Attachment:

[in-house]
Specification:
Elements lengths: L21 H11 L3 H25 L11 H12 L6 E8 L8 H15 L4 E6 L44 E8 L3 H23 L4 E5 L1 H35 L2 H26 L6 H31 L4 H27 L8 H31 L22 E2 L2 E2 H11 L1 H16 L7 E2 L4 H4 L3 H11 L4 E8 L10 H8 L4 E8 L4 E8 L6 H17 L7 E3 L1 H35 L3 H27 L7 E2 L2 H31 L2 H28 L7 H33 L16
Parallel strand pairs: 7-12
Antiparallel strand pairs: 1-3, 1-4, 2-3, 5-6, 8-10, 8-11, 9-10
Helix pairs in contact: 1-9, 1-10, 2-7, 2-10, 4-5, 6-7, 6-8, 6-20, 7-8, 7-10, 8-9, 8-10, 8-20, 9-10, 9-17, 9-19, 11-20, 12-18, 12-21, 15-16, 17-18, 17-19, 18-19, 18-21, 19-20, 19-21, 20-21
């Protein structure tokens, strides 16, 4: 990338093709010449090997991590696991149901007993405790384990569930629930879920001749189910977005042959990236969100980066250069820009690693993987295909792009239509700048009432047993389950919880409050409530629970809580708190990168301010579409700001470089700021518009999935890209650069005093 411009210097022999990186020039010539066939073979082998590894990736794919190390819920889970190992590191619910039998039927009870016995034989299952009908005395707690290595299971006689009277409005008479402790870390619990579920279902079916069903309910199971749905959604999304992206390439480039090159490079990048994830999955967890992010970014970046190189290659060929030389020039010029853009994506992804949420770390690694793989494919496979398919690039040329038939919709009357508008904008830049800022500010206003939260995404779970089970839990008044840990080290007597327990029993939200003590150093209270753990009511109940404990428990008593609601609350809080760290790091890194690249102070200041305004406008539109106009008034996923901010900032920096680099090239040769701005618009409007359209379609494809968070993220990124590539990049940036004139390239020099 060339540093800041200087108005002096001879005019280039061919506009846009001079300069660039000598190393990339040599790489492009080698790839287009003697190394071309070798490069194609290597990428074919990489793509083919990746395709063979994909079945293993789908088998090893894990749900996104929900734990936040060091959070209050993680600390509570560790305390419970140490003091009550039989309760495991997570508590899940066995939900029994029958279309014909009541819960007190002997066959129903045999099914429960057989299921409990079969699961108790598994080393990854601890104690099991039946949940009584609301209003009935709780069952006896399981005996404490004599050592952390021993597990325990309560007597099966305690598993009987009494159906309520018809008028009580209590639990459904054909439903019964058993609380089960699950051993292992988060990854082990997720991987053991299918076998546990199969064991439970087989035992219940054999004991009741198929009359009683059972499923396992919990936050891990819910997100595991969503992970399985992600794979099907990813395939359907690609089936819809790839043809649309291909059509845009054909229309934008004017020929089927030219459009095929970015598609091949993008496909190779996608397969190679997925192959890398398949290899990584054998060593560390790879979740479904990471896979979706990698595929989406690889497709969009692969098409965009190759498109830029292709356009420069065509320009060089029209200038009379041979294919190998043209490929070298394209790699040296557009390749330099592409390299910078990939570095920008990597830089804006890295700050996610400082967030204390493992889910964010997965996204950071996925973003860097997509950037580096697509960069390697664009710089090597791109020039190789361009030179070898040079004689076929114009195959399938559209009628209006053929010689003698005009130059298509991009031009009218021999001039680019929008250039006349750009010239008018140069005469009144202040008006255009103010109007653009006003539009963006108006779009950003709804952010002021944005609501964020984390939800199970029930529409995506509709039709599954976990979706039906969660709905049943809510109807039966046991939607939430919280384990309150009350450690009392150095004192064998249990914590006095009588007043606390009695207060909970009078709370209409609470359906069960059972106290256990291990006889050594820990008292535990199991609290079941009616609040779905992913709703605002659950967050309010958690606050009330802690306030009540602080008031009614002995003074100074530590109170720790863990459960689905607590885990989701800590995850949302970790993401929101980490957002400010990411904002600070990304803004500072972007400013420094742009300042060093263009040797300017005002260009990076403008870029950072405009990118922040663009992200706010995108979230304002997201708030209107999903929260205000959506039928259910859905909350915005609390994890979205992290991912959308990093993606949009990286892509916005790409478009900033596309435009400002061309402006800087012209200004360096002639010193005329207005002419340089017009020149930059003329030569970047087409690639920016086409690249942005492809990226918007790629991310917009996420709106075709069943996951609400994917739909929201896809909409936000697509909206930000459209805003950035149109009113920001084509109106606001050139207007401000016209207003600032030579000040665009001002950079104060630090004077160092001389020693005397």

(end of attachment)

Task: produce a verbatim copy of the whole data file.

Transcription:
[in-house]
Specification:
Elements lengths: L21 H11 L3 H25 L11 H12 L6 E8 L8 H15 L4 E6 L44 E8 L3 H23 L4 E5 L1 H35 L2 H26 L6 H31 L4 H27 L8 H31 L22 E2 L2 E2 H11 L1 H16 L7 E2 L4 H4 L3 H11 L4 E8 L10 H8 L4 E8 L4 E8 L6 H17 L7 E3 L1 H35 L3 H27 L7 E2 L2 H31 L2 H28 L7 H33 L16
Parallel strand pairs: 7-12
Antiparallel strand pairs: 1-3, 1-4, 2-3, 5-6, 8-10, 8-11, 9-10
Helix pairs in contact: 1-9, 1-10, 2-7, 2-10, 4-5, 6-7, 6-8, 6-20, 7-8, 7-10, 8-9, 8-10, 8-20, 9-10, 9-17, 9-19, 11-20, 12-18, 12-21, 15-16, 17-18, 17-19, 18-19, 18-21, 19-20, 19-21, 20-21
């Protein structure tokens, strides 16, 4: 990338093709010449090997991590696991149901007993405790384990569930629930879920001749189910977005042959990236969100980066250069820009690693993987295909792009239509700048009432047993389950919880409050409530629970809580708190990168301010579409700001470089700021518009999935890209650069005093 411009210097022999990186020039010539066939073979082998590894990736794919190390819920889970190992590191619910039998039927009870016995034989299952009908005395707690290595299971006689009277409005008479402790870390619990579920279902079916069903309910199971749905959604999304992206390439480039090159490079990048994830999955967890992010970014970046190189290659060929030389020039010029853009994506992804949420770390690694793989494919496979398919690039040329038939919709009357508008904008830049800022500010206003939260995404779970089970839990008044840990080290007597327990029993939200003590150093209270753990009511109940404990428990008593609601609350809080760290790091890194690249102070200041305004406008539109106009008034996923901010900032920096680099090239040769701005618009409007359209379609494809968070993220990124590539990049940036004139390239020099 060339540093800041200087108005002096001879005019280039061919506009846009001079300069660039000598190393990339040599790489492009080698790839287009003697190394071309070798490069194609290597990428074919990489793509083919990746395709063979994909079945293993789908088998090893894990749900996104929900734990936040060091959070209050993680600390509570560790305390419970140490003091009550039989309760495991997570508590899940066995939900029994029958279309014909009541819960007190002997066959129903045999099914429960057989299921409990079969699961108790598994080393990854601890104690099991039946949940009584609301209003009935709780069952006896399981005996404490004599050592952390021993597990325990309560007597099966305690598993009987009494159906309520018809008028009580209590639990459904054909439903019964058993609380089960699950051993292992988060990854082990997720991987053991299918076998546990199969064991439970087989035992219940054999004991009741198929009359009683059972499923396992919990936050891990819910997100595991969503992970399985992600794979099907990813395939359907690609089936819809790839043809649309291909059509845009054909229309934008004017020929089927030219459009095929970015598609091949993008496909190779996608397969190679997925192959890398398949290899990584054998060593560390790879979740479904990471896979979706990698595929989406690889497709969009692969098409965009190759498109830029292709356009420069065509320009060089029209200038009379041979294919190998043209490929070298394209790699040296557009390749330099592409390299910078990939570095920008990597830089804006890295700050996610400082967030204390493992889910964010997965996204950071996925973003860097997509950037580096697509960069390697664009710089090597791109020039190789361009030179070898040079004689076929114009195959399938559209009628209006053929010689003698005009130059298509991009031009009218021999001039680019929008250039006349750009010239008018140069005469009144202040008006255009103010109007653009006003539009963006108006779009950003709804952010002021944005609501964020984390939800199970029930529409995506509709039709599954976990979706039906969660709905049943809510109807039966046991939607939430919280384990309150009350450690009392150095004192064998249990914590006095009588007043606390009695207060909970009078709370209409609470359906069960059972106290256990291990006889050594820990008292535990199991609290079941009616609040779905992913709703605002659950967050309010958690606050009330802690306030009540602080008031009614002995003074100074530590109170720790863990459960689905607590885990989701800590995850949302970790993401929101980490957002400010990411904002600070990304803004500072972007400013420094742009300042060093263009040797300017005002260009990076403008870029950072405009990118922040663009992200706010995108979230304002997201708030209107999903929260205000959506039928259910859905909350915005609390994890979205992290991912959308990093993606949009990286892509916005790409478009900033596309435009400002061309402006800087012209200004360096002639010193005329207005002419340089017009020149930059003329030569970047087409690639920016086409690249942005492809990226918007790629991310917009996420709106075709069943996951609400994917739909929201896809909409936000697509909206930000459209805003950035149109009113920001084509109106606001050139207007401000016209207003600032030579000040665009001002950079104060630090004077160092001389020693005397």